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Convergence Education: the Prescription for Overemphasized Majors
By Jeong Seon-ju  |  sunju630@hanyang.ac.kr
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[321호] 승인 2014.03.10  
트위터 페이스북 미투데이 요즘 네이버 구글 msn

There is a new coined phrase or neologism, called “Gangsters of Employment” among university students. This title refers to students whose majors have the advantage of higher chances to gain employment at major companies in Korea such as Samsung, Hyundai, and so on. These particular areas of study include the Departments of Electronic Engineering, Chemical Engineering, and Mechanical Engineering. In fact, according to recent data by the Korean Ministry of Education, the employment rates of students majoring in these three fields are 71.6%, 67.2%, and 75.4%, respectively, which are comparatively higher figures than that of other majors. As a result of these high employment rates, many university students are now preferring to study in the Departments of Natural Sciences or Engineering, in contrast with the past when these fields were less popular.
Obviously, the high employment rate of engineering students indicates that many corporations want to employ more of them. For its part, Samsung’s launched a recruiting system in an attempt to meet the growing demand for engineering graduates. The plan allowed university presidents to personally recommend talented students to the corporation. In turn, these applicants would be exempted from the application screening process and be able to directly take the SamSung Aptitude Test (SSAT), which determines entrance into the conglomerate or not. Since the conglomerate gave a higher quota to several universities that focus on fostering talented students majoring in engineering, a storm of criticism erupted online claiming that these recruitment plans were encouraging Korean society to place too much emphasis on studying engineering. As a result, Samsung stopped this recruiting system.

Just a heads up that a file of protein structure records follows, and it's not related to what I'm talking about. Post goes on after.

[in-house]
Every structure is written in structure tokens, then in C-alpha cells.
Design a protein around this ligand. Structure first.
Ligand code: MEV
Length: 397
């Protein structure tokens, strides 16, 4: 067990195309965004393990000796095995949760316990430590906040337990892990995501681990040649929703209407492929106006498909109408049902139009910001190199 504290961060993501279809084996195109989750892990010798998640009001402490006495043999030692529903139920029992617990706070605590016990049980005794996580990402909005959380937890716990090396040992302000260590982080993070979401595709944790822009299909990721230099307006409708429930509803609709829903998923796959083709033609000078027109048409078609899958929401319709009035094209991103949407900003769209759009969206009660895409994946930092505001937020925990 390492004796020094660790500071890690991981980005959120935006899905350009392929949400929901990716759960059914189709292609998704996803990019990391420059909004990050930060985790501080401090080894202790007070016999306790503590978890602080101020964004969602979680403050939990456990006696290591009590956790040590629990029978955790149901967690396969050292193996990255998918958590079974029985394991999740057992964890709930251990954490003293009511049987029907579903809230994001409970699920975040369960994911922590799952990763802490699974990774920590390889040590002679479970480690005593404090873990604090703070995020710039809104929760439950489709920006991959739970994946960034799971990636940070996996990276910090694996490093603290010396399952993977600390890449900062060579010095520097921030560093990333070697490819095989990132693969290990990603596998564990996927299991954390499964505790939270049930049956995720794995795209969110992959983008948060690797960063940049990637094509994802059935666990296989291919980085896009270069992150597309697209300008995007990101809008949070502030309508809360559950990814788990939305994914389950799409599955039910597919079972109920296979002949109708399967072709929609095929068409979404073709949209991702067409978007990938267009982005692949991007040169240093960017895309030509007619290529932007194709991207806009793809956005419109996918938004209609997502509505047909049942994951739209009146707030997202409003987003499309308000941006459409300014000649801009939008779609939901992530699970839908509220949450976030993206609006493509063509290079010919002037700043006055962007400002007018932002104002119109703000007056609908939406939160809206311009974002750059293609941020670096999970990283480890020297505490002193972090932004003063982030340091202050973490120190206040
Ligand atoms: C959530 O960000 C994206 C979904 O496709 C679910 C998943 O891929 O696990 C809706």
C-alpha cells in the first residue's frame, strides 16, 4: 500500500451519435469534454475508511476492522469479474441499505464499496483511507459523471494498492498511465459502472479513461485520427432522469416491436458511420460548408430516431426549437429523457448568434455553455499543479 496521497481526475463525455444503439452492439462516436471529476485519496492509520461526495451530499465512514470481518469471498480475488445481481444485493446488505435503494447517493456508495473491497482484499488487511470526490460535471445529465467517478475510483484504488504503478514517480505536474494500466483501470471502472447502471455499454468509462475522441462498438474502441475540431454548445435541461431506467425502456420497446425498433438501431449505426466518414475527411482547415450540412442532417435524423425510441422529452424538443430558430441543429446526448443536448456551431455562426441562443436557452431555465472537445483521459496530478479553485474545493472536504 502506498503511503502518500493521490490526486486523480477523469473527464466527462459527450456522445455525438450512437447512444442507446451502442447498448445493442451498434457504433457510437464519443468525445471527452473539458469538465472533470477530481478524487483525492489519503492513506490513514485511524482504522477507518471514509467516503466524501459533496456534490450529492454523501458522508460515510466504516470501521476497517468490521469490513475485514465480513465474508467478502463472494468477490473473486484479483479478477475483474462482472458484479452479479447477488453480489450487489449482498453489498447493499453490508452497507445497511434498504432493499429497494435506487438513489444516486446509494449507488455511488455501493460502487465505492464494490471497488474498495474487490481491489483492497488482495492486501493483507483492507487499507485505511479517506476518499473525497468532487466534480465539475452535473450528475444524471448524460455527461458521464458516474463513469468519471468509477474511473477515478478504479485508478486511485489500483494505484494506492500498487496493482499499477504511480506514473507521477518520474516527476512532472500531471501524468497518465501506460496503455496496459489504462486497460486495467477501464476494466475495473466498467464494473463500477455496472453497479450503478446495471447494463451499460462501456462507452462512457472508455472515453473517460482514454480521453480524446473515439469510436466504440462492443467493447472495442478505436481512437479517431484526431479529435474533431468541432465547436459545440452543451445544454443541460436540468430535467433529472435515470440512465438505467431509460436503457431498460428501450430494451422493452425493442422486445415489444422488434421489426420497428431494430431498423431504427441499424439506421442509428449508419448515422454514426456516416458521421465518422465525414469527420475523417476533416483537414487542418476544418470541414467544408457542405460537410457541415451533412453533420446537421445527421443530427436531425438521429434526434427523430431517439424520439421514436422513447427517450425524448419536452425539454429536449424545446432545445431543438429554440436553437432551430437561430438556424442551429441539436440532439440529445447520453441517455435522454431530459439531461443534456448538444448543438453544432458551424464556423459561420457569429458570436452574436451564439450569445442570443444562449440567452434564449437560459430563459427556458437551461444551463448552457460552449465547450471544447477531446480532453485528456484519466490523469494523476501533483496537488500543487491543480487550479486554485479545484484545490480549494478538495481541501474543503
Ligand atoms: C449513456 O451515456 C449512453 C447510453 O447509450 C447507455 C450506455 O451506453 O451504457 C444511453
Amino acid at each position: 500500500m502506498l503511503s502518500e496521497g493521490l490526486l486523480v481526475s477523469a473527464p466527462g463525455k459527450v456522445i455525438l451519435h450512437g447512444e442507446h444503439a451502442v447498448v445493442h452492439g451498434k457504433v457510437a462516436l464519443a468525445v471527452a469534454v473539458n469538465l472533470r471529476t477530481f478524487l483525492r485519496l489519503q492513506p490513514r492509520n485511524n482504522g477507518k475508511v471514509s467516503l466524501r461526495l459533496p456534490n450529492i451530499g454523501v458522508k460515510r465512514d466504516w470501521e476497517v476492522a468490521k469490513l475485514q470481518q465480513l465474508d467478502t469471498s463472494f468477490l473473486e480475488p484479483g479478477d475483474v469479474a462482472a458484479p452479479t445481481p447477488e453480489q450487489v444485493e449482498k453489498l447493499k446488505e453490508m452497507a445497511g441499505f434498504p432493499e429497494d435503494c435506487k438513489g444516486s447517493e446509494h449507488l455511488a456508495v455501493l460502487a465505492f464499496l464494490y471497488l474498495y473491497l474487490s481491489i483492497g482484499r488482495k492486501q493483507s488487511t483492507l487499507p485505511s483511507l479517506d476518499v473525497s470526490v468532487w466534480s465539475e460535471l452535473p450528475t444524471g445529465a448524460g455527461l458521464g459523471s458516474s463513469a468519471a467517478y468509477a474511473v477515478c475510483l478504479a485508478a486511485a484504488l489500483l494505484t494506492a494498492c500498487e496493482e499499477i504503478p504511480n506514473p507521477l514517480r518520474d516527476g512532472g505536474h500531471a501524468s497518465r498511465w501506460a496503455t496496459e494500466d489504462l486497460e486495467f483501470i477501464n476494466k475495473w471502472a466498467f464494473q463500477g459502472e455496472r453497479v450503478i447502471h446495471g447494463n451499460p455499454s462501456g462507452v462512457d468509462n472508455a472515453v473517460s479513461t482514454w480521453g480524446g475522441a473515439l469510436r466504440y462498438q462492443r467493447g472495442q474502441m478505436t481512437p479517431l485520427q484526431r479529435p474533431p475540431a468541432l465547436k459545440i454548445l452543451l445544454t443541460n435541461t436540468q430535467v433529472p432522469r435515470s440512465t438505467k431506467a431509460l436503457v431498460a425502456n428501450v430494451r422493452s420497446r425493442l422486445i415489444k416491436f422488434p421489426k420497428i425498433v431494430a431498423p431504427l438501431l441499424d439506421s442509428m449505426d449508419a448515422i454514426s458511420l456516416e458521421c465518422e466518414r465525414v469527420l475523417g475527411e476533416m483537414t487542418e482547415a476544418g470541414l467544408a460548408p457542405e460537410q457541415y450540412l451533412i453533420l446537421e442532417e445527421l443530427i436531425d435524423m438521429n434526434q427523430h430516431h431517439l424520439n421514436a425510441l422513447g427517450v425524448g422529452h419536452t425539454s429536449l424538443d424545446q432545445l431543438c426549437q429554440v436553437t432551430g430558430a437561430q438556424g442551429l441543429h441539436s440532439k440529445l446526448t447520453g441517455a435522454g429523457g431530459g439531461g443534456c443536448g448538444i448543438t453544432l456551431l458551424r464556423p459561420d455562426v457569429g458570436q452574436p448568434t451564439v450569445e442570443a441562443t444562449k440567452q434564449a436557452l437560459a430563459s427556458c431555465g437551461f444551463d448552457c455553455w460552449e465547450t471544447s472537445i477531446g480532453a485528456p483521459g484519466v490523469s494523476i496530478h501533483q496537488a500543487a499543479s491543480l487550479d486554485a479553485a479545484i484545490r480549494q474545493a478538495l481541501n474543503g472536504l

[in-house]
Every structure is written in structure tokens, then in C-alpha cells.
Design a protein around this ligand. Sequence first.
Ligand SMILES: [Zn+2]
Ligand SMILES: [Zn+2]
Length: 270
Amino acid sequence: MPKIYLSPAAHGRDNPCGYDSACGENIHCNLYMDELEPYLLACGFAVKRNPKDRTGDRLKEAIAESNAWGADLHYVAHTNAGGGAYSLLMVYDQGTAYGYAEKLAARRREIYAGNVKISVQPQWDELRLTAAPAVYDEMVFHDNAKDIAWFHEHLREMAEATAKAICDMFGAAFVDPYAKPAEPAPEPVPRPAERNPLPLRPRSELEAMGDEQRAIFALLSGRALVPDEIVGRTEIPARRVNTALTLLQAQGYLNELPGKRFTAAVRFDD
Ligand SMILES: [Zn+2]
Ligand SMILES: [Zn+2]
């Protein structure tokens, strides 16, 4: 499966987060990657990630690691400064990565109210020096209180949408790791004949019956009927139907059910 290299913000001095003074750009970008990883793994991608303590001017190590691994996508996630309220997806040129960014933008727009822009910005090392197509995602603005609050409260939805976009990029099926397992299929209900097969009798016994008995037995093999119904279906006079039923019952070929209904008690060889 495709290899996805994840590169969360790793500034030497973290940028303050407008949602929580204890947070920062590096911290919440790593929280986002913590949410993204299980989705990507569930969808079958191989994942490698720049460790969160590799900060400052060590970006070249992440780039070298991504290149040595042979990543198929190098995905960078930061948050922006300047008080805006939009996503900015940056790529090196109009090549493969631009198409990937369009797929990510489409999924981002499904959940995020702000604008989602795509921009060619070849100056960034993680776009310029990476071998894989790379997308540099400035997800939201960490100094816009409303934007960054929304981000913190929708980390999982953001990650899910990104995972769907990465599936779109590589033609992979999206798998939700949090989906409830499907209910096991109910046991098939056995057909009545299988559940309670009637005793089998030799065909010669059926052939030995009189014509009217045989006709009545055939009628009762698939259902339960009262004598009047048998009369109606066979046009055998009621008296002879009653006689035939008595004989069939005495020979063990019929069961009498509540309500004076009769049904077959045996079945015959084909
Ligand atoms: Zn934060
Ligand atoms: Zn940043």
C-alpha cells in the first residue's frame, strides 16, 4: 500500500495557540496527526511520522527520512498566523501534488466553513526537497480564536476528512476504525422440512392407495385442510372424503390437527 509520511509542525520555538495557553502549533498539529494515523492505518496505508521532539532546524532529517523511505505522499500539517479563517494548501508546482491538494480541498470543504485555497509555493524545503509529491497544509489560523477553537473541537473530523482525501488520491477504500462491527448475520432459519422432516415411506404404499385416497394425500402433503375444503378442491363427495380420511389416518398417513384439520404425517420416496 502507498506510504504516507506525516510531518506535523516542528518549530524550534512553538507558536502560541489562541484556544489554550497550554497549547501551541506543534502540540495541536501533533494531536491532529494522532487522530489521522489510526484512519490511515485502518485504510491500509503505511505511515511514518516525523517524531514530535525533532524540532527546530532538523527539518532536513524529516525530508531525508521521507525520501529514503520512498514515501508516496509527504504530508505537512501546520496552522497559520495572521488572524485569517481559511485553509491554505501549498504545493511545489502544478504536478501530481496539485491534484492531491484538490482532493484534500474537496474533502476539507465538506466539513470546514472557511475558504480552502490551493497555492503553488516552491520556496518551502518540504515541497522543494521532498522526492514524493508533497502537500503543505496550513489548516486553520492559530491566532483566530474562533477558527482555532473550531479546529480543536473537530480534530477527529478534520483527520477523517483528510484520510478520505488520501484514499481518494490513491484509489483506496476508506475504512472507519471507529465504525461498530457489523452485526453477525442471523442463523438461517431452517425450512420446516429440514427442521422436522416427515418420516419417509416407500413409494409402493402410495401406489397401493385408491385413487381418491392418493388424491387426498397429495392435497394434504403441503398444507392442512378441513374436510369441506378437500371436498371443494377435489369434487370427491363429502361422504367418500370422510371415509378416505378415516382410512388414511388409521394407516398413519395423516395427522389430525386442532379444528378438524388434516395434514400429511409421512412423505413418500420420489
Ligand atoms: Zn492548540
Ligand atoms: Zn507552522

The fact that university students are no longer avoiding the natural sciences or engineering appears to be good news, particularly since there was concern for years about the lack of students in these majors. However, the media is now   reporting there are growing concerns that college education preference for these previously overlooked majors is growing too quickly. Since 2011, the Korea government has encouraged convergence education with the aim of training talents to have a broader and more extensive understanding of various areas. Steve Jobs is often cited as the model. Subsequently, the government has pushed forward a policy called “STEAM”, which stands for Science, Technology, Engineering, Arts, and Mathematics. Many universities in Korea are following this lead and thereby providing various educational programs for their students. However, unbalanced education policies are still prevalent resulting in claims of ineffectiveness. Therefore, additional ways to achieve a better balance among the natural sciences and engineering with other courses should be sought.

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